How Utility Time of Use Net Meters Affect Your Solar System

Technology has advanced now to the point that utilities can now have the ability to monitor and control your electric consumption minute by minute rather than monthly. So many utilities are installing “Time of Use” net meters at customer locations who have previously built solar photovoltaic systems in a back handed way to make the solar system less valuable as measured by dollars and cents.

As a solar photovoltaic owner you are not helpless in regards to the utilities endeavor to get you to pay more for power, but you do need to understand the basics of the attack. “Time of Use” is exactly what it sounds like, and the utility will charge more for power during times of the day they determine to be peak load and pay less for the power you make that they consider to be off peak.

So first you need to carefully read about your utilities plans for times of use charges and be smart when you consume power. Second you need to adjust some of your habits to use more electricity during the peak hours your solar system is producing at its maximum or later in the evening when the utility is selling electricity at a cheap off peak price. The third tool you have is to add some solar panels to your existing system or when building a new system design it larger than what you needed before time to use meters came into existence.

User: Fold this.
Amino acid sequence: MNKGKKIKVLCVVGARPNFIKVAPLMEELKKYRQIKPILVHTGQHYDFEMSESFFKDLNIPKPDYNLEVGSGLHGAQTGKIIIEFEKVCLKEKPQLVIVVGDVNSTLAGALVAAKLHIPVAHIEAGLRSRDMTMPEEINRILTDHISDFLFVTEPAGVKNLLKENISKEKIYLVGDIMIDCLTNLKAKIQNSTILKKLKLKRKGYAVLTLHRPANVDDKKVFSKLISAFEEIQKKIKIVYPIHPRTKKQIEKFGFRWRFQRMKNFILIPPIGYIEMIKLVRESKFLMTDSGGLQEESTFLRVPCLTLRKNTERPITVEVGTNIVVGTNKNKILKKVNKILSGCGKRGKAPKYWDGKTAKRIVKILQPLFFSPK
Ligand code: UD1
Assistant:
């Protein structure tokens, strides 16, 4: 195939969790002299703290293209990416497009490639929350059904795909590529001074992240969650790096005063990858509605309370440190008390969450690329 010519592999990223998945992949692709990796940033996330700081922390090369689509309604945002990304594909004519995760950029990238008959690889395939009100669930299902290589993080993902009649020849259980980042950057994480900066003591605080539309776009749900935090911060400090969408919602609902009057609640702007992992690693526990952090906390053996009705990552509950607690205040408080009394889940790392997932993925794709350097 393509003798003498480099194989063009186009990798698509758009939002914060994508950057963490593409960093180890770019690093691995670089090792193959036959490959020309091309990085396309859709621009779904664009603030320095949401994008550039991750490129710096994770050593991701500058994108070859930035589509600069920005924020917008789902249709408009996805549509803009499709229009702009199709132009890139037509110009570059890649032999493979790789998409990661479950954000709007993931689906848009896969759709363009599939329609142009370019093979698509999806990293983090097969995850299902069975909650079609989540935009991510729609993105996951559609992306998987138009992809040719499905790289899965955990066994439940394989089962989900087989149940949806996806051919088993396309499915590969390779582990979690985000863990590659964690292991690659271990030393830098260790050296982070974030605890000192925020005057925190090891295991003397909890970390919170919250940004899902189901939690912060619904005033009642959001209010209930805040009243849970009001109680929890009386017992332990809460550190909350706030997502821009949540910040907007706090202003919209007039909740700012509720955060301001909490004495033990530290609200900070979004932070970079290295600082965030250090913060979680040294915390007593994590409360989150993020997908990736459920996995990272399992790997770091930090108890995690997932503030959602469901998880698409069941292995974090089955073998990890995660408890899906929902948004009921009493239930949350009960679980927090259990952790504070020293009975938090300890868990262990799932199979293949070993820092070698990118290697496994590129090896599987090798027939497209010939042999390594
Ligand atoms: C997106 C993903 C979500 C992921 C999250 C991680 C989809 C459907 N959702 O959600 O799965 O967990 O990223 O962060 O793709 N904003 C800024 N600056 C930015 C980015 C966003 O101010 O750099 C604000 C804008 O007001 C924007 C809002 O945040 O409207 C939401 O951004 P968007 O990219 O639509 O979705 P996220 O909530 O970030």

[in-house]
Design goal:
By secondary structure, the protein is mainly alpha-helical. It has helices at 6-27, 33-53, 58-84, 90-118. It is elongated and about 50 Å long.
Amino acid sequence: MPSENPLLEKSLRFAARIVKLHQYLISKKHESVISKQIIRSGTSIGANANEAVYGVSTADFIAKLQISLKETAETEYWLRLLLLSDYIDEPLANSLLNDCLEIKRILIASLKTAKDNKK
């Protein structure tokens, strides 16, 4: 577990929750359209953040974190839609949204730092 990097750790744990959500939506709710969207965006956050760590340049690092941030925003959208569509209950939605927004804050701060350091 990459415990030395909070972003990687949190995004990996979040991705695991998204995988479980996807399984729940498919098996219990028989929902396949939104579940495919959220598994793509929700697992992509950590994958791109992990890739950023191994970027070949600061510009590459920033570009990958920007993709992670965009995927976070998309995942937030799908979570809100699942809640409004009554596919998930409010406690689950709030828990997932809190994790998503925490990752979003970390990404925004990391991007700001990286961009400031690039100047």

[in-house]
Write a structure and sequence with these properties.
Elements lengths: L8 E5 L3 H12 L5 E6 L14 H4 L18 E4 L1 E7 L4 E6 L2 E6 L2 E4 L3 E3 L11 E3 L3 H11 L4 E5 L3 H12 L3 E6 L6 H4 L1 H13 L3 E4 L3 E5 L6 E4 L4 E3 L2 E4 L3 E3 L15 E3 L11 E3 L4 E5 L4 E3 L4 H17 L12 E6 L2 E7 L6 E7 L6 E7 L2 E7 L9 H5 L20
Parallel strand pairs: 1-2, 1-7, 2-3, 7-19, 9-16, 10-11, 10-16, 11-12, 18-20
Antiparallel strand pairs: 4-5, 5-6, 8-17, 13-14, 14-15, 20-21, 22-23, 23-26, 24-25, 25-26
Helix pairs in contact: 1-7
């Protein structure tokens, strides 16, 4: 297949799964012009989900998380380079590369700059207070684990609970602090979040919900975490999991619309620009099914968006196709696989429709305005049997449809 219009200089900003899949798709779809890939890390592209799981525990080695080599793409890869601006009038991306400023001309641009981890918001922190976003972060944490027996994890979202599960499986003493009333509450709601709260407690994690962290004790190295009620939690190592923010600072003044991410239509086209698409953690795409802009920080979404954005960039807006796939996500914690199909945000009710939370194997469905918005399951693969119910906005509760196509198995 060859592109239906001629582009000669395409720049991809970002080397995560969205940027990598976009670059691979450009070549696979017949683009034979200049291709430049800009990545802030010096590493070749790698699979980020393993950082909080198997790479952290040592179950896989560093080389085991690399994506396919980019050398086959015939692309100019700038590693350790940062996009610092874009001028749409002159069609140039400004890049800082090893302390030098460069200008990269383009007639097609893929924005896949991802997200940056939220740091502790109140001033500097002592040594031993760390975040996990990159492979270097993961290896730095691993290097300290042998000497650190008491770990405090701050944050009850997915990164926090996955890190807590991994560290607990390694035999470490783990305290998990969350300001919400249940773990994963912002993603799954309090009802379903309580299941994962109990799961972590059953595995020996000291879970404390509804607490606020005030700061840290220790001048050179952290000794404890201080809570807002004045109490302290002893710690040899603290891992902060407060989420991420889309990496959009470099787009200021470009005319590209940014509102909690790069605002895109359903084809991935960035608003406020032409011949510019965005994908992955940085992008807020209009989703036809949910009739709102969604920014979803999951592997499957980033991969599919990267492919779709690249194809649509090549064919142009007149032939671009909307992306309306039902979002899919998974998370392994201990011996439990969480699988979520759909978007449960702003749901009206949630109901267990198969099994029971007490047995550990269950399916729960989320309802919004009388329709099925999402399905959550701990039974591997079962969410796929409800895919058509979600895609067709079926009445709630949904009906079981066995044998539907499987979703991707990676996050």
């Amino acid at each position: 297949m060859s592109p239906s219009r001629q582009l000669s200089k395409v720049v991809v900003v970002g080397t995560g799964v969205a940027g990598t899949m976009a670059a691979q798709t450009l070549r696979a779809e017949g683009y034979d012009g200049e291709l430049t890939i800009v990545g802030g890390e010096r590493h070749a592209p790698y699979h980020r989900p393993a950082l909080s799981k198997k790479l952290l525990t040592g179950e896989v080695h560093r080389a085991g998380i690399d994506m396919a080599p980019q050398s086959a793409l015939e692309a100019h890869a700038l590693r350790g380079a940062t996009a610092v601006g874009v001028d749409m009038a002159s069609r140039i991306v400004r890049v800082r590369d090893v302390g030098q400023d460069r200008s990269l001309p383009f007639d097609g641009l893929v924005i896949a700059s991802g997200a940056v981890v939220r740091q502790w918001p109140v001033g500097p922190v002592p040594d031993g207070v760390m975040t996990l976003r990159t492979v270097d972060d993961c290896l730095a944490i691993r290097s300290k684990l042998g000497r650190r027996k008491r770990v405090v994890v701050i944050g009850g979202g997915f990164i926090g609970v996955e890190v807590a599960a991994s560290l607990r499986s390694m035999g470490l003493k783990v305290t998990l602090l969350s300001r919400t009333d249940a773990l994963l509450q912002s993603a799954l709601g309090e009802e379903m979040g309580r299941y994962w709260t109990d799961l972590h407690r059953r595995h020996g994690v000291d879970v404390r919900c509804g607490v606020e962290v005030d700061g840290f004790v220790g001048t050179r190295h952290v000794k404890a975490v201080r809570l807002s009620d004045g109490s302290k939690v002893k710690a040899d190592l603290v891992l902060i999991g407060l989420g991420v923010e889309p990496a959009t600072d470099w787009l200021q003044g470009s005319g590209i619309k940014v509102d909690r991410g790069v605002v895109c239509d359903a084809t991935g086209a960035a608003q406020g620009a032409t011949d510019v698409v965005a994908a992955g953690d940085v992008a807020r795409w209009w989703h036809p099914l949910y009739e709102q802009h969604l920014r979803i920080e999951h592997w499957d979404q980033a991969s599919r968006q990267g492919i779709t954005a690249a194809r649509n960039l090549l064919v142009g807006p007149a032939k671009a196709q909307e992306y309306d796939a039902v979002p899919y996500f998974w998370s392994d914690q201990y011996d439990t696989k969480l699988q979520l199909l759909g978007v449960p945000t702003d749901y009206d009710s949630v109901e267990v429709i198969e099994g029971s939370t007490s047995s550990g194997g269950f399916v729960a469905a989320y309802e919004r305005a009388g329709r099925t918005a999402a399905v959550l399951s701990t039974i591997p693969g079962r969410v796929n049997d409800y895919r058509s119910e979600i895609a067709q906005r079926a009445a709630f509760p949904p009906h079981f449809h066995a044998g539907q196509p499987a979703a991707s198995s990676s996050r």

For those that may have forgotten or not yet learned what “net metering” means, in the simplest terms it is a bi-directional electric meter that will spin forward when you take electricity from the grid and spins backward when you are over producing and giving electricity to the grid. Time of Use Net Meter mean that the energy consumed or produced will have a different dollar value based on the time of day your meter is spinning forward or backwards. A kilowatt/hour (kWh) of power is still always a kWh, but the value of that kWh changes throughout the day and or season with these smart electronic meters.

Let me share with you an example to help illustrate what the power company is attempting to do to your solar power and its relative value to you.


Let’s assume your utility has designated the peak period of the day as being from 4 pm to 8 pm weekdays. The power company knows people are coming home from work, making dinner, doing laundry, turning on the air-conditioning, and perhaps charging their new EV.

  1. Let’s say your utility will charge .20c/ kWh during this peak period.
    • Remember this is the time of day when the solar pv system is either not producing any power {winter} or producing very little)
  2. Now for simplifying this example lets say 10am- 3:59pm is mid peak that the utility has decided electricity is not worth that much during these hours so they will designate this time frame as .10c/kWh.
    • Coincidentally this is the power band time of day when most solar production is at its peak.
  3. Still keeping this simple, lets say your solar system produced 30 kWh during the middle of the day when electricity is only worth .10c/kWh
    • If no one was home and the house was not consuming any of this power and all of the electricity went to the grid via your net meter the value credited to you with these new fancy meters would be 30 kWh x .10c = $3.00.